Symphony No.1 in C, Op.21
Symphony No.2 in D, Op.36
Symphony No.5 in C minor, Op.67
Boston Symphony Orchestra
Rafael Frühbeck de Burgos
Reviewed by: Susan Stempleski
Reviewed: 22 October, 2009
Venue: Boston Symphony Hall
Although the scores of the nine symphonies remain challenging to play, they could not be more familiar to the BSO. The orchestra has been playing Beethoven since its very first concert, which took place exactly 128 years ago, on 22 October 1881, in the Boston Music Hall. That inaugural program included Beethoven’s Consecration of the House Overture (a work which began the orchestra’s second and third seasons as well), and over the course of the 1881-82 season, the orchestra went on to perform all nine Beethoven symphonies in chronological order, a feat replicated in the second and third seasons.
The BSO has played each of the nine symphonies innumerable times. But the current cycle marks the first time since 1933-34 (when Serge Koussevitzky led all nine symphonies and a variety other works by Beethoven in a series of six programs spread over six months) that the orchestra has played all nine symphonies within a single season, and the first time in such a short time span.
To be sure, it is a great disappointment that Levine has been forced to miss the first two programs of this Beethoven cycle, which has been advertised as one of the BSO season’s major events, if not its highpoint. One can only speculate how much the BSO musicians would have gained from rehearsing and performing nothing but Beethoven under their music director for nearly a month straight.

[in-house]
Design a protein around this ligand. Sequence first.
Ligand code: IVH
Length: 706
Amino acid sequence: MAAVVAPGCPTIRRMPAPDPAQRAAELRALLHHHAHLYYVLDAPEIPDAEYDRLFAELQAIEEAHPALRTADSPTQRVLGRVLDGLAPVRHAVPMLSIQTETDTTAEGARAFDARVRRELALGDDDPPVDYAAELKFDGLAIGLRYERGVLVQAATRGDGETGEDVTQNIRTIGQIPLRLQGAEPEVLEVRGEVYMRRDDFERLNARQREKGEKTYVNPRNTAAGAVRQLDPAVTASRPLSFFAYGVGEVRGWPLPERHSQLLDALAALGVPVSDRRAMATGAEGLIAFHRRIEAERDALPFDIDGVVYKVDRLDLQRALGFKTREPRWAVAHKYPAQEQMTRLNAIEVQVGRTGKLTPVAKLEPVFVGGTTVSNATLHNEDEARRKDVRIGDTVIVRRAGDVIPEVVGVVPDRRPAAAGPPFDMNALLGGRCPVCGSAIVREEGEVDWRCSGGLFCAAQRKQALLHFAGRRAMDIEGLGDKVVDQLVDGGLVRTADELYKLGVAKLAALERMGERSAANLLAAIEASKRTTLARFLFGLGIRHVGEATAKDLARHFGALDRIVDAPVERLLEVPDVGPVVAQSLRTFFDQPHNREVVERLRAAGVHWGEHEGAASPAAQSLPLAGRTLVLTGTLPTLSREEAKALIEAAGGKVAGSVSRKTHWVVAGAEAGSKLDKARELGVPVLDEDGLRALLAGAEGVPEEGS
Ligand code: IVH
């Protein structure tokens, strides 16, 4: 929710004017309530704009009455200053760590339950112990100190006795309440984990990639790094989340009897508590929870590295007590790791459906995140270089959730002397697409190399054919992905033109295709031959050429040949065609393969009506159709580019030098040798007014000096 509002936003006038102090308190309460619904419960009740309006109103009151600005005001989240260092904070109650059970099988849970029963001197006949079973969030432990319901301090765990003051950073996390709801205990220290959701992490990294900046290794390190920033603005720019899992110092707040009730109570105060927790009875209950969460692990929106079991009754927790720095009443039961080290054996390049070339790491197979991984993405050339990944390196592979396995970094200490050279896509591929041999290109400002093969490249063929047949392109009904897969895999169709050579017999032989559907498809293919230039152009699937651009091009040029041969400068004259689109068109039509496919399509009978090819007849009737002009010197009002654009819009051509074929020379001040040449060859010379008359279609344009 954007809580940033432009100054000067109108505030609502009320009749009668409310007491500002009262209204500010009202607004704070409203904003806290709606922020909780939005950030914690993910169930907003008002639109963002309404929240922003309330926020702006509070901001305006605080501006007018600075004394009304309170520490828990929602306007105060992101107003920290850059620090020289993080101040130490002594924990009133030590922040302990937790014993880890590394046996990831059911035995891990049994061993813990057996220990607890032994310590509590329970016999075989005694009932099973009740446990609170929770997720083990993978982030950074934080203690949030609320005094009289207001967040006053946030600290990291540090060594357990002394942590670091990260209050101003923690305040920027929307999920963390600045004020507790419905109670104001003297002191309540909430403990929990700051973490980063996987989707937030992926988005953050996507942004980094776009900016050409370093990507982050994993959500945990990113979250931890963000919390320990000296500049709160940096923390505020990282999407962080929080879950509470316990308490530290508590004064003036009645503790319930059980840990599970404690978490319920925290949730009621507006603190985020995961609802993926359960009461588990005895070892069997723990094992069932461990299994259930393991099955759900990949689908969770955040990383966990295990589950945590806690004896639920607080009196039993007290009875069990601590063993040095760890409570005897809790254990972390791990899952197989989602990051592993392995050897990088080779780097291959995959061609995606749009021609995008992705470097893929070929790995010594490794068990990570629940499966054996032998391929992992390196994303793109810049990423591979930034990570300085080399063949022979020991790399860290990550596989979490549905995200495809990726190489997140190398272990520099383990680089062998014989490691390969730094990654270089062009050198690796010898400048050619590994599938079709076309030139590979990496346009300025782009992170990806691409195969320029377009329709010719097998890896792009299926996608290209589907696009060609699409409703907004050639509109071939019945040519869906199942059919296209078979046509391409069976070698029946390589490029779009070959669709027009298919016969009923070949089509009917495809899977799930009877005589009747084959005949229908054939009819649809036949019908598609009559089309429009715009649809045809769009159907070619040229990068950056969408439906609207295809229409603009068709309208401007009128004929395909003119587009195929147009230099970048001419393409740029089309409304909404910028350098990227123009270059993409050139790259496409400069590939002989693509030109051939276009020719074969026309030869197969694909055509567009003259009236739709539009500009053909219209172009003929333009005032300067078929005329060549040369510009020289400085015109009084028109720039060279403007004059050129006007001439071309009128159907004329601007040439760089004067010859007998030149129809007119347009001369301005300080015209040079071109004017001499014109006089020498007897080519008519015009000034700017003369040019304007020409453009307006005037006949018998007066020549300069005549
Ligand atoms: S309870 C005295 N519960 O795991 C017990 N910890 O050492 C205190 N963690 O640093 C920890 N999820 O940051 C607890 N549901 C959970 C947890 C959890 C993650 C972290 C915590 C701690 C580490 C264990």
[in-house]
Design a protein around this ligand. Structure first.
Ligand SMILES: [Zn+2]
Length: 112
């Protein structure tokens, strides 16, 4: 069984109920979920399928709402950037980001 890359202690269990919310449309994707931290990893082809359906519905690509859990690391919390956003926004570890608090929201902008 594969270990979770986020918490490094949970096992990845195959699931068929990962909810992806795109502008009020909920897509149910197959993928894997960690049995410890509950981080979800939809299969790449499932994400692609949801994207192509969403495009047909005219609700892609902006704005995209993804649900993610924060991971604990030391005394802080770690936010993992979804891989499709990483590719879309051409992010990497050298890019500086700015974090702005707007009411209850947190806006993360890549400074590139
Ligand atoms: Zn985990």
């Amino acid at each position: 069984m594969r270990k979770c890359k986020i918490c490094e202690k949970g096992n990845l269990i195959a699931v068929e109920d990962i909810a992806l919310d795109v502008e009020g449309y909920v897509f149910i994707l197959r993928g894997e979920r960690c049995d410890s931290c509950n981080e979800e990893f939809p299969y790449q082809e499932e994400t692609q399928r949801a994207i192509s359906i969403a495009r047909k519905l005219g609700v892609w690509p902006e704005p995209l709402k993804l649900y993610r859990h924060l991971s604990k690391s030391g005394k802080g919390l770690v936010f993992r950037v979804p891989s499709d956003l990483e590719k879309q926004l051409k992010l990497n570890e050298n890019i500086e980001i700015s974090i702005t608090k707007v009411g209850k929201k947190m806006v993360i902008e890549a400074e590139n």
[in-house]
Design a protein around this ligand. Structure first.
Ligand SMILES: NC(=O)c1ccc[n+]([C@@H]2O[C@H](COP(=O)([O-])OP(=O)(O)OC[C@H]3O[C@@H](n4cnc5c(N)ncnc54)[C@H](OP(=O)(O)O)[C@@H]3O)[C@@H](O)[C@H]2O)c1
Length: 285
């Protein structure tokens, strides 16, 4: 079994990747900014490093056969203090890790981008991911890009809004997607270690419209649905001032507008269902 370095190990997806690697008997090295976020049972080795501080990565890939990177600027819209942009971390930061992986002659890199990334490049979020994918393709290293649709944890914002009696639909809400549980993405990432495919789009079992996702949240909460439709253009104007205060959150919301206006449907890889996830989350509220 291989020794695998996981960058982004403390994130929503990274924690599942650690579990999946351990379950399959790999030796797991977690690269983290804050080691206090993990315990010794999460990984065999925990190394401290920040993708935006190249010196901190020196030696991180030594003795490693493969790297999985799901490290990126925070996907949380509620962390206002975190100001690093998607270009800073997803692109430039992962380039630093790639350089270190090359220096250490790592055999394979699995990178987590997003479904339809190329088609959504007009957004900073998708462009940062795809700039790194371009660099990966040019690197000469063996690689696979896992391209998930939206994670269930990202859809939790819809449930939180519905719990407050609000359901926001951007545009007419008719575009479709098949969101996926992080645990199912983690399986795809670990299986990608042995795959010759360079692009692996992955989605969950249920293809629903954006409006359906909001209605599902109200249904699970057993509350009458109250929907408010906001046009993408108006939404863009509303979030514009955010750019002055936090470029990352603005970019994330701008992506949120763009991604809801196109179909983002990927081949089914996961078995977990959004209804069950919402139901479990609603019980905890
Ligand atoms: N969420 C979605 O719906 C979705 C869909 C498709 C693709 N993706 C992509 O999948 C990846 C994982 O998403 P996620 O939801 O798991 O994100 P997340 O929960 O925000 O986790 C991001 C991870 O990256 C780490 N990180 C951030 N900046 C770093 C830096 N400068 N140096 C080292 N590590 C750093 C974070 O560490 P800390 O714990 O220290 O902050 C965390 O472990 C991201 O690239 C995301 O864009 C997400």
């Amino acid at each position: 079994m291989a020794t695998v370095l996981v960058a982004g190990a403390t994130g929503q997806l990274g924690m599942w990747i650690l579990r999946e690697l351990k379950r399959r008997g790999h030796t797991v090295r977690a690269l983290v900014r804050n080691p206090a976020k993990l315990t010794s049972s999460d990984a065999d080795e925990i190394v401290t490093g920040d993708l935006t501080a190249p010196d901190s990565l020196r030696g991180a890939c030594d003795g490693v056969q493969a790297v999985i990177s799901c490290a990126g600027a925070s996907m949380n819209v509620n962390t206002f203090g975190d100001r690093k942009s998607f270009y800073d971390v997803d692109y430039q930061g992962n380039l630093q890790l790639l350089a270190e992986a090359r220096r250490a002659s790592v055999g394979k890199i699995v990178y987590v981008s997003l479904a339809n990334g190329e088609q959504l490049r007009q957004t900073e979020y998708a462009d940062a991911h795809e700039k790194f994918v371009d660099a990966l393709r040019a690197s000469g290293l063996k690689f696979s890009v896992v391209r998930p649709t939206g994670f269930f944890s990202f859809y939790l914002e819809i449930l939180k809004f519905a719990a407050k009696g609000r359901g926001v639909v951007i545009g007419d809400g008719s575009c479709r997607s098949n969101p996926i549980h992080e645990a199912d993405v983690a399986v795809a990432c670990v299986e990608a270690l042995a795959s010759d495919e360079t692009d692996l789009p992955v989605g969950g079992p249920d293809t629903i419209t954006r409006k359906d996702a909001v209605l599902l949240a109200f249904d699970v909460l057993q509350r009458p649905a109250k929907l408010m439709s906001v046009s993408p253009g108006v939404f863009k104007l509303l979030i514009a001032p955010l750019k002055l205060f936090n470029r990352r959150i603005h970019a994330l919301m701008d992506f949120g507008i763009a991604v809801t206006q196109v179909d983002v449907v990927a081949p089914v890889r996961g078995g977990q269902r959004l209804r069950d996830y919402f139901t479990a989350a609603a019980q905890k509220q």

In the meantime 76-year-old Rafael Frühbeck de Burgos, conducting from memory for the duration of the concert, maintained a sense of grandeur from the start of this all-Beethoven program and drew bracing performances from the orchestra.
The evening began with a fresh and vibrantly played account of Symphony No. 1. Frühbeck highlighted the work’s complexities and its novel ideas: the majestic character of the introduction followed by the playful energy of the Allegro con brio, the lighthearted gallantry of the Andante, the vigor and perfect voicing in the scherzo (marked Menuetto), and the wit of the finale.
Enjoyable as the performance of the First Symphony was, it was followed by an even more pleasing performance of the Second Symphony. Frühbeck was keenly attuned to the layered textures of Beethoven’s score. His reading was fiery in the outer movements, while the rapturous Larghetto, one of Beethoven’s most beautiful movements, moved at a congenial pace as he molded the melodies with remarkable warmth.
In the Fifth Symphony, Frühbeck gave a direct and straightforward reading, his grandiose gestures drawing strong and dramatic playing from the orchestra. This was a deeply satisfying and vital performance, riveting from the first bar to the last, offering a finale that was overflowing with joy and momentum.